Don't miss

Replay


LATEST SHOWS

FOCUS

'China's Silicon Valley' symbolises high tech, prosperity and social inequality

Read more

REVISITED

Video: In St. Petersburg, legacy of Nazi siege lives on

Read more

ACROSS AFRICA

30 years on, FRANCE 24 meets sole survivor of Burkina Faso's counter-coup

Read more

FRANCE IN FOCUS

Paris, the city of love, lights and... traffic jams

Read more

BUSINESS DAILY

French lawmakers approve tax on sugary drinks

Read more

IN THE PAPERS

Lulu the labrador flunks out of CIA K-9 academy, becomes internet sensation

Read more

EYE ON AFRICA

Protests continue in Togo despite ban on weekday demonstrations

Read more

IN THE PAPERS

'The fall of the comedy king': Canada hit by sexual harassment scandal

Read more

MEDIAWATCH

Spain 'goes nuclear' on Catalonia

Read more

Africa

Omar Bongo's wife Edith dies in Morocco

Latest update : 2009-03-15

Edith Lucie Bongo Ondimba, the wife of Gabon's President Omar Bongo, Africa's longest serving head of state, has died after a long illness in Morocco at the age of 45, the presidency announced. It did not specify the nature of her illness.

AFP - The wife of Gabon's President Omar Bongo, Africa's longest serving head of state, died Saturday after a long illness in Morocco at the age of 45, the presidency announced.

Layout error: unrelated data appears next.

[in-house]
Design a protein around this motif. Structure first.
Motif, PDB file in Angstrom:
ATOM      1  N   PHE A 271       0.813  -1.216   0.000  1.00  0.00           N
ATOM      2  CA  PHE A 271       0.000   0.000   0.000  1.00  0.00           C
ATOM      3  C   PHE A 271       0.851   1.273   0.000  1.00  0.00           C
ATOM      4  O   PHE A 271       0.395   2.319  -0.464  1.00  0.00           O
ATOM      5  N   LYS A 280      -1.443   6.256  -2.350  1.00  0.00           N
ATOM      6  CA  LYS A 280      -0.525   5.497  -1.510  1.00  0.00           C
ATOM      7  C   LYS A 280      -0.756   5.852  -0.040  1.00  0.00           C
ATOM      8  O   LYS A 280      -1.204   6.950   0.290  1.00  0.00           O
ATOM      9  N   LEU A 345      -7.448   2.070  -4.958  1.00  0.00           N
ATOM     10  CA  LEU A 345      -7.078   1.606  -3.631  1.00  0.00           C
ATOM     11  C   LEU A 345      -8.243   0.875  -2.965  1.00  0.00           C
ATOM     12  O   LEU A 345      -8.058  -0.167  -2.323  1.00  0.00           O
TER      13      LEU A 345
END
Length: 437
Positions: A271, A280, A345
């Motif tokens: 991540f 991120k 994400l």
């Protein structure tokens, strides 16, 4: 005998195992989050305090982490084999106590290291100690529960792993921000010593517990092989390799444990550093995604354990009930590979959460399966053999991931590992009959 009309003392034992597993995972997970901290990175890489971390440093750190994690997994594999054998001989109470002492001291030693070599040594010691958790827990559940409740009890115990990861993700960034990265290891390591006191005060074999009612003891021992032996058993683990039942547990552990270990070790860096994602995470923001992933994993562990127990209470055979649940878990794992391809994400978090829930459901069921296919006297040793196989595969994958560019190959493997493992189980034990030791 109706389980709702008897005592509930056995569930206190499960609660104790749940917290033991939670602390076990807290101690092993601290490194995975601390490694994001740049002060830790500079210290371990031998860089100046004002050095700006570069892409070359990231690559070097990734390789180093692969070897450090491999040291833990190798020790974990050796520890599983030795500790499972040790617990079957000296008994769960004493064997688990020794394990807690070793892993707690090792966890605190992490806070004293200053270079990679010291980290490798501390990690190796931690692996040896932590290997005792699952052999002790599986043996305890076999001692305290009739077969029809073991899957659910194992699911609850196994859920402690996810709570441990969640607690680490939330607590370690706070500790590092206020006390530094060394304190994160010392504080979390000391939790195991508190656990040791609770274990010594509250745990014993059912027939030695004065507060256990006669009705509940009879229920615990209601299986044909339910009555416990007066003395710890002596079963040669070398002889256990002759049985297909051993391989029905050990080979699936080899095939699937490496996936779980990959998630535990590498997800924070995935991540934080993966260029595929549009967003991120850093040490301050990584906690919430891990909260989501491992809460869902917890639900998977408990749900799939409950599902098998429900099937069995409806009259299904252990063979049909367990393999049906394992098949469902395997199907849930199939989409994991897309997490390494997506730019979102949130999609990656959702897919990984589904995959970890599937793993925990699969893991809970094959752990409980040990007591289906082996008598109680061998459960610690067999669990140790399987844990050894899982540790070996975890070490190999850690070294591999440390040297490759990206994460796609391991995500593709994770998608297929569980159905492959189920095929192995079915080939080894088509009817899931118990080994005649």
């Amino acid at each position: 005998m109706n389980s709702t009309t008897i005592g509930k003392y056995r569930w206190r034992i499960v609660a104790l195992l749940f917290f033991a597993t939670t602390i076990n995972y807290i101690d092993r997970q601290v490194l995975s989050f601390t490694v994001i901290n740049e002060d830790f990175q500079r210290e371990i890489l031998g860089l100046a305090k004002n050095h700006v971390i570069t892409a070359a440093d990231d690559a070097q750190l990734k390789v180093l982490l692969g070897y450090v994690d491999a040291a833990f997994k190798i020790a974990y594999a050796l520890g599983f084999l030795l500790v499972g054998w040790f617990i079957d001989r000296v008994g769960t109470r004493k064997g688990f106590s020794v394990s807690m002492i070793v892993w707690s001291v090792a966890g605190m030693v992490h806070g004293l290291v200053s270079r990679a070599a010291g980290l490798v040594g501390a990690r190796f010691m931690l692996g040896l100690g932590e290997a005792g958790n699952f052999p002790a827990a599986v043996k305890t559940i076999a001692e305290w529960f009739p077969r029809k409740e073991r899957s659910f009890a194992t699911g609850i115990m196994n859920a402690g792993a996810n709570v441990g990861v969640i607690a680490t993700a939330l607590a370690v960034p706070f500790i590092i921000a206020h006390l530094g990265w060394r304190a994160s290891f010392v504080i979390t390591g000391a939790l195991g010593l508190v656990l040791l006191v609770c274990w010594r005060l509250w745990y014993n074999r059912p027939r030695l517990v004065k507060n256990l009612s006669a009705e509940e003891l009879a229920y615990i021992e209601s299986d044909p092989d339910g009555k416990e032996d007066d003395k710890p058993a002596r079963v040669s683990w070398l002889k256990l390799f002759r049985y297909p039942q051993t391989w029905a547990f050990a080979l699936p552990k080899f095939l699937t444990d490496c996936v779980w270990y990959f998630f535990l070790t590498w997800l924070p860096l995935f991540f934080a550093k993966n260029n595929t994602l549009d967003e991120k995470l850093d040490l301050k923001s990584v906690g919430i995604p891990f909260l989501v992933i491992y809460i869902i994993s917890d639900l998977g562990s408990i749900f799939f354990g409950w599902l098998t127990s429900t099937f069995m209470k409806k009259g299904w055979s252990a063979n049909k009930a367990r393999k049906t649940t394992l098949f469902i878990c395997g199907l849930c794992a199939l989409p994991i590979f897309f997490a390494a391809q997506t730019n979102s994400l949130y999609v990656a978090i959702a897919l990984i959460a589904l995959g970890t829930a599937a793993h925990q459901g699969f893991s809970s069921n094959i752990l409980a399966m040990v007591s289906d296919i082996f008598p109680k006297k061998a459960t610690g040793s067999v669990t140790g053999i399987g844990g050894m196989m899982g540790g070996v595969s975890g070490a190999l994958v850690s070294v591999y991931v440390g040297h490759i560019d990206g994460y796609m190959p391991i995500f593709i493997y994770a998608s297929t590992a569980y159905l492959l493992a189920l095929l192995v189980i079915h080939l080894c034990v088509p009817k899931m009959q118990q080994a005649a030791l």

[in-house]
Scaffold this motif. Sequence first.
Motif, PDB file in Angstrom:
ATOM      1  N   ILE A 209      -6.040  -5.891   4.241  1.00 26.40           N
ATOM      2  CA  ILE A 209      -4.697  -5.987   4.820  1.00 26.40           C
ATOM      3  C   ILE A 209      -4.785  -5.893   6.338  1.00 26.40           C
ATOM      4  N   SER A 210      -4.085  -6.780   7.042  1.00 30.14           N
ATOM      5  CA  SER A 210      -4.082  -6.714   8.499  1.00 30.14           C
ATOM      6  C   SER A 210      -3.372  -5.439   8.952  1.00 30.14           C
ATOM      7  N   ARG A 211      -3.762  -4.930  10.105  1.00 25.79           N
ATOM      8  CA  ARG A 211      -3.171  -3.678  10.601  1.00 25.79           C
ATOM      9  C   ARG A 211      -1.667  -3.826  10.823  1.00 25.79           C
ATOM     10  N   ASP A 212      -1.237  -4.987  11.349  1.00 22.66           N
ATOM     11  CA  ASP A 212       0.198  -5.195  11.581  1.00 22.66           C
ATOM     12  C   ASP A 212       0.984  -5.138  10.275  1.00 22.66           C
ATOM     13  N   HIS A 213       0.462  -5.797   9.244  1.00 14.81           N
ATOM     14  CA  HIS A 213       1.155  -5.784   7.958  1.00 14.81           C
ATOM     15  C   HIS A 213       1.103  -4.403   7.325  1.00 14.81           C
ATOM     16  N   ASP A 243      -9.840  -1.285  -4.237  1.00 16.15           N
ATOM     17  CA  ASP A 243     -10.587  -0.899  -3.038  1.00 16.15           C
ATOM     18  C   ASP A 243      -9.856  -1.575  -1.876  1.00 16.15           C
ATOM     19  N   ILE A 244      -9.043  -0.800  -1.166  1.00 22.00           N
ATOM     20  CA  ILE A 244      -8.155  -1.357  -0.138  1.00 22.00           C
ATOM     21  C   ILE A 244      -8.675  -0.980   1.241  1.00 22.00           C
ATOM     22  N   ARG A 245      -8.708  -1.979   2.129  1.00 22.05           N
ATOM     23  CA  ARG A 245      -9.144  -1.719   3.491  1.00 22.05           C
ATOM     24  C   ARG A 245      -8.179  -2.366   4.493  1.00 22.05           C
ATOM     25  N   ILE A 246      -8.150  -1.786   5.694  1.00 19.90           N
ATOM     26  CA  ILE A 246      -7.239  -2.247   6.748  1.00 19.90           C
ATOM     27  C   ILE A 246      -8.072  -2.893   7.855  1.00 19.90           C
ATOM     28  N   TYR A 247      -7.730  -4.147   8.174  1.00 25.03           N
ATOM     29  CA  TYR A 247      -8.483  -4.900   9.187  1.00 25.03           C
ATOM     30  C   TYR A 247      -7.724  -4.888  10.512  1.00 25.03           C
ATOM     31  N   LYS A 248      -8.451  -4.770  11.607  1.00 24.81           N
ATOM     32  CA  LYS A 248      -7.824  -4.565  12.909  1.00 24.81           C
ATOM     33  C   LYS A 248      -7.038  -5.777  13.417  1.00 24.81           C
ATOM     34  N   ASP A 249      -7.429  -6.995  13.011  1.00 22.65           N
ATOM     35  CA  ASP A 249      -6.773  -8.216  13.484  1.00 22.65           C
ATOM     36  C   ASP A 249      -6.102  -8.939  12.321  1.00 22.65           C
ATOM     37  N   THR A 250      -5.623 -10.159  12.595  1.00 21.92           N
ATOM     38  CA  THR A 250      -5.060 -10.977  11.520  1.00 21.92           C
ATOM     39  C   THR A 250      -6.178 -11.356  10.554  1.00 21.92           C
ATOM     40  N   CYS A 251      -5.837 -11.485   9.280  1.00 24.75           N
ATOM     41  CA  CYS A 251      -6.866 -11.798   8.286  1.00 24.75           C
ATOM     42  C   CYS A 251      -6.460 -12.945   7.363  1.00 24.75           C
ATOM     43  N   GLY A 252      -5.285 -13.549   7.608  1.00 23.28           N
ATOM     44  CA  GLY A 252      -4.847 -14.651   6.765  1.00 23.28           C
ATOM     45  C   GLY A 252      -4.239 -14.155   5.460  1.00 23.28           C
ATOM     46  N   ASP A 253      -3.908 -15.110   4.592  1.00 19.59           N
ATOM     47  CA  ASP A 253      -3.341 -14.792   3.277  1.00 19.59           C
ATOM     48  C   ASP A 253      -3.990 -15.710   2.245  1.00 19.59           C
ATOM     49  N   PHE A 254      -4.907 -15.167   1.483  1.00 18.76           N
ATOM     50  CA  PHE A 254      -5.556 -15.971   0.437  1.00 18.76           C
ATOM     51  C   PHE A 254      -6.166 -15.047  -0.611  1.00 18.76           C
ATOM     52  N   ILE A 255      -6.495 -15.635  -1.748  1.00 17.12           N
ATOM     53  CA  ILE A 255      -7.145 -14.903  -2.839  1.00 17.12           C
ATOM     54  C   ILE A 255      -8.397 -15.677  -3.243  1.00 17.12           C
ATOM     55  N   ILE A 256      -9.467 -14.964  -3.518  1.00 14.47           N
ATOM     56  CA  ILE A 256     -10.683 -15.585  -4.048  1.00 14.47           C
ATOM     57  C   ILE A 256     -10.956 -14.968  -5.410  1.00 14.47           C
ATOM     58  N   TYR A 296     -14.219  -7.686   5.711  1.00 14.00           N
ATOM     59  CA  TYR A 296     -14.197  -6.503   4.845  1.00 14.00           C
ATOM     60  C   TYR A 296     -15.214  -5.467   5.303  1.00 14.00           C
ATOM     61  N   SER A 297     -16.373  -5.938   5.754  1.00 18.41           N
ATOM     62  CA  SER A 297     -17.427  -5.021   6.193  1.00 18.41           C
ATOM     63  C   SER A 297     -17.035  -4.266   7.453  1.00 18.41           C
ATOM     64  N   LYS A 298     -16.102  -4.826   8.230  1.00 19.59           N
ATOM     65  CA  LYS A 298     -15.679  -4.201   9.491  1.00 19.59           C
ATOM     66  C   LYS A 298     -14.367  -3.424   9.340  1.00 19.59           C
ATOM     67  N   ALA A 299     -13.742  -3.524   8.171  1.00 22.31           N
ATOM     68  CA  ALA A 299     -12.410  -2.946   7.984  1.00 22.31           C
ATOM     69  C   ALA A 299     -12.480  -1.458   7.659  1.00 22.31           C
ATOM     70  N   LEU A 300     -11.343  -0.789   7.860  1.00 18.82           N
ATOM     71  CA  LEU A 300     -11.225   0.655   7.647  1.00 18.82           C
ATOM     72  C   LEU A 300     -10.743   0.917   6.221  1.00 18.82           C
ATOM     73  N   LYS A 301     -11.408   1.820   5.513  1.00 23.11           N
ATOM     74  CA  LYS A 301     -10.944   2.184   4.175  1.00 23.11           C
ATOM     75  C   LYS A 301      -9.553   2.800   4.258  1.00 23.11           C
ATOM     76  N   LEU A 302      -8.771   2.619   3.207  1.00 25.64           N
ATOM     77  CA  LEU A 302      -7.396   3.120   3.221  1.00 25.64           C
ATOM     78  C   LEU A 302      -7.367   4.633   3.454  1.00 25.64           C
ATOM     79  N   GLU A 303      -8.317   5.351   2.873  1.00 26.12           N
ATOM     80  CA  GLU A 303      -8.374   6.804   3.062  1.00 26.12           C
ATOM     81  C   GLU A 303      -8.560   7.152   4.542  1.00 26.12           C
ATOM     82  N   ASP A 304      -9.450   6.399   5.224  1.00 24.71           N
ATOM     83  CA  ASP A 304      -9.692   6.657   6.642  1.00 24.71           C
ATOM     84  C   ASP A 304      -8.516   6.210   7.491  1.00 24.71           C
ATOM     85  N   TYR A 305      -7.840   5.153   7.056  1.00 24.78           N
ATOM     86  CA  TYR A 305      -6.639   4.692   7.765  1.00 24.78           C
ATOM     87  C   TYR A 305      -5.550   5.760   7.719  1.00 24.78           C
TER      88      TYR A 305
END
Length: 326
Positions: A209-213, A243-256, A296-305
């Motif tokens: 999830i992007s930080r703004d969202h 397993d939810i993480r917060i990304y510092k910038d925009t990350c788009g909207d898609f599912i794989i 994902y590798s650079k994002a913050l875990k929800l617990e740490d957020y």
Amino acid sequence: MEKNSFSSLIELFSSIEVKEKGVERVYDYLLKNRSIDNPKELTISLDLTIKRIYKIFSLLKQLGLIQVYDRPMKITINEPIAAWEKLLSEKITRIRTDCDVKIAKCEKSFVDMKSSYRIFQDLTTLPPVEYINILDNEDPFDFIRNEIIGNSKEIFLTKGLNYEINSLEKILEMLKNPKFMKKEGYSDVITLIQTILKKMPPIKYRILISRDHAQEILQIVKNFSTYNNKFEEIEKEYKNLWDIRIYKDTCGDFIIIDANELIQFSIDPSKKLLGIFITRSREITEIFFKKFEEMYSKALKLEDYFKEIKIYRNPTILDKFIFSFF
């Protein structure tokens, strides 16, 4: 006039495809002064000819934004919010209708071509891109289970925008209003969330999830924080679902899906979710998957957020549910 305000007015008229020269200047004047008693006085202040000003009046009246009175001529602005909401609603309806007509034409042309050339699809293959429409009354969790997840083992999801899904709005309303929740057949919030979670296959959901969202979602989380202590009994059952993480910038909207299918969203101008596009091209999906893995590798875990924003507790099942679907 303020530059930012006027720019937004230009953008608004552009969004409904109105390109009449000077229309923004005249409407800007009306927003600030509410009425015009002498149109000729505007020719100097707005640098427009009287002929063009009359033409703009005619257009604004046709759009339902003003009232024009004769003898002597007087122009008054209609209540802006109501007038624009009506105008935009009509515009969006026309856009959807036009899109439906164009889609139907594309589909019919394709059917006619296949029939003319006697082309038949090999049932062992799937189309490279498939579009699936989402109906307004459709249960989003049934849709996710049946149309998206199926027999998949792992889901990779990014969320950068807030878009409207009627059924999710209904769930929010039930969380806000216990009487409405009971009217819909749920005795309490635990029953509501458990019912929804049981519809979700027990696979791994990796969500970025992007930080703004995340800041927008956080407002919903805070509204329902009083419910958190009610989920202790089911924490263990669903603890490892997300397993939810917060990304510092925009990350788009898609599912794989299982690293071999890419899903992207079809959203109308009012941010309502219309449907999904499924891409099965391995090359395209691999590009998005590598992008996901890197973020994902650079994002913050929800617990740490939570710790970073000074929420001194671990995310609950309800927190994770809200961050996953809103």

Edith Lucie Bongo Ondimba, the eldest daughter of President Denis Sassou Nguessou of Congo, died at 1620 GMT in Rabat, Morocco where she had been undergoing treatment for several months.
   
It did not specify the cause of death or the nature of her illness.
   
The first lady, known for her elegance and her commitment to fighting AIDS, had not appeared in public for around three years. She was a trained paediatrician.
   
Edith Bongo, born on March 10 1964, married the veteran Gabonese leader in 1990, becoming his second wife. Bongo's first spouse, Josephine Nkama, pursued a career as a singer before returning to Gabon after several years abroad.
   
The Gabonese first lady helped create a forum roping in African first ladies to fight AIDS, one of the continent's scourges. She was also instrumental in founding associations for vulnerable children and the handicapped.

Date created : 2009-03-15

COMMENT(S)